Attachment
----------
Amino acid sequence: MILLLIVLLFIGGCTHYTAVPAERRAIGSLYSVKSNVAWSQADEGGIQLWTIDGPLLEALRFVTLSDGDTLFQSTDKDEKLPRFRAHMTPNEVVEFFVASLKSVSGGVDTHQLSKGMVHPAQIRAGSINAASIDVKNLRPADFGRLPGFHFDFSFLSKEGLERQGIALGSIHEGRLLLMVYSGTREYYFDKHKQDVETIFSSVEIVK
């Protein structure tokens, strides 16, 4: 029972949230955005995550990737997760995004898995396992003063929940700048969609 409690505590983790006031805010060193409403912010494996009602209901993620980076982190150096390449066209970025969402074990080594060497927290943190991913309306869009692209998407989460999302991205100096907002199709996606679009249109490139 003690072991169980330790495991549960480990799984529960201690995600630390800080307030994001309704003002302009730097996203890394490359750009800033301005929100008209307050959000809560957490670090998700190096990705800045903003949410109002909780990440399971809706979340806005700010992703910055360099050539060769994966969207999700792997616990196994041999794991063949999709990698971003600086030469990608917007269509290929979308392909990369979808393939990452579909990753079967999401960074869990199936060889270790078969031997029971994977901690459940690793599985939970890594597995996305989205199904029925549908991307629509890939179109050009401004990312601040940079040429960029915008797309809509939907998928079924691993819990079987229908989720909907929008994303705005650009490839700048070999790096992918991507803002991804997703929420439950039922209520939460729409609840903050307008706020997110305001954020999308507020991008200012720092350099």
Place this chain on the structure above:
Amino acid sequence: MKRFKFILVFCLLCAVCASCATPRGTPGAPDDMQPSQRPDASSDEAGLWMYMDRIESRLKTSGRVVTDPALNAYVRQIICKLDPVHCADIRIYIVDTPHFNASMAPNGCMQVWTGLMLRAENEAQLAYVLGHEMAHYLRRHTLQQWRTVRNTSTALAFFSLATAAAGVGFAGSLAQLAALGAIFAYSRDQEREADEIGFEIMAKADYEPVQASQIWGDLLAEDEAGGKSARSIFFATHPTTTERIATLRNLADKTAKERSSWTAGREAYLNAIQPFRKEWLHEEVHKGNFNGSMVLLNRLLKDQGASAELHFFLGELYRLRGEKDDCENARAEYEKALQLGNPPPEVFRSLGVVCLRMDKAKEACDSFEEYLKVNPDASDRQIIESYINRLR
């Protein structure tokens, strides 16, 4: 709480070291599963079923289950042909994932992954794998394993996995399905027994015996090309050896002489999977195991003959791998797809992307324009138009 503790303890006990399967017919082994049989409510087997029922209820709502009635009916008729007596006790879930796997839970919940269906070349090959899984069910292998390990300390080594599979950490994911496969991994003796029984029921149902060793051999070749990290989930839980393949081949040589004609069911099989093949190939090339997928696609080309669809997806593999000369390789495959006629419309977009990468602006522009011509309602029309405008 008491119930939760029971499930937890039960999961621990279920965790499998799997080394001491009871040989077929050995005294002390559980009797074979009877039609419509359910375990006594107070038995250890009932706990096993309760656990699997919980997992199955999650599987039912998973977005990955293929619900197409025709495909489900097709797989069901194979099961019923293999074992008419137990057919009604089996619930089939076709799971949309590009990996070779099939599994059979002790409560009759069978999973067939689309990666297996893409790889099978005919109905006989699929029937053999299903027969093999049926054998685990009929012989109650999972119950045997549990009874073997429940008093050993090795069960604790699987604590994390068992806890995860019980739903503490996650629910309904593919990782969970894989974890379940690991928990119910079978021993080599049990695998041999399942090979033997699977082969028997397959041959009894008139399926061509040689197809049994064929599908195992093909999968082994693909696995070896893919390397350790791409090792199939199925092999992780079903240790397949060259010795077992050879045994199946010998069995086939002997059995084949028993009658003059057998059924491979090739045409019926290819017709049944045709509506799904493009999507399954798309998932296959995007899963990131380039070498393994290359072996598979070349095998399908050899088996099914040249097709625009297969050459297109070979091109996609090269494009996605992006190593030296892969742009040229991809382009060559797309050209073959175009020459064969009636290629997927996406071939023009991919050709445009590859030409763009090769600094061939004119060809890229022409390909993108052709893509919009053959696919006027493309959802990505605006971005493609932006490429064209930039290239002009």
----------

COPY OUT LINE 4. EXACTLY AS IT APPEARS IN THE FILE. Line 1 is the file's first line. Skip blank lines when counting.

Amino acid sequence: MKRFKFILVFCLLCAVCASCATPRGTPGAPDDMQPSQRPDASSDEAGLWMYMDRIESRLKTSGRVVTDPALNAYVRQIICKLDPVHCADIRIYIVDTPHFNASMAPNGCMQVWTGLMLRAENEAQLAYVLGHEMAHYLRRHTLQQWRTVRNTSTALAFFSLATAAAGVGFAGSLAQLAALGAIFAYSRDQEREADEIGFEIMAKADYEPVQASQIWGDLLAEDEAGGKSARSIFFATHPTTTERIATLRNLADKTAKERSSWTAGREAYLNAIQPFRKEWLHEEVHKGNFNGSMVLLNRLLKDQGASAELHFFLGELYRLRGEKDDCENARAEYEKALQLGNPPPEVFRSLGVVCLRMDKAKEACDSFEEYLKVNPDASDRQIIESYINRLR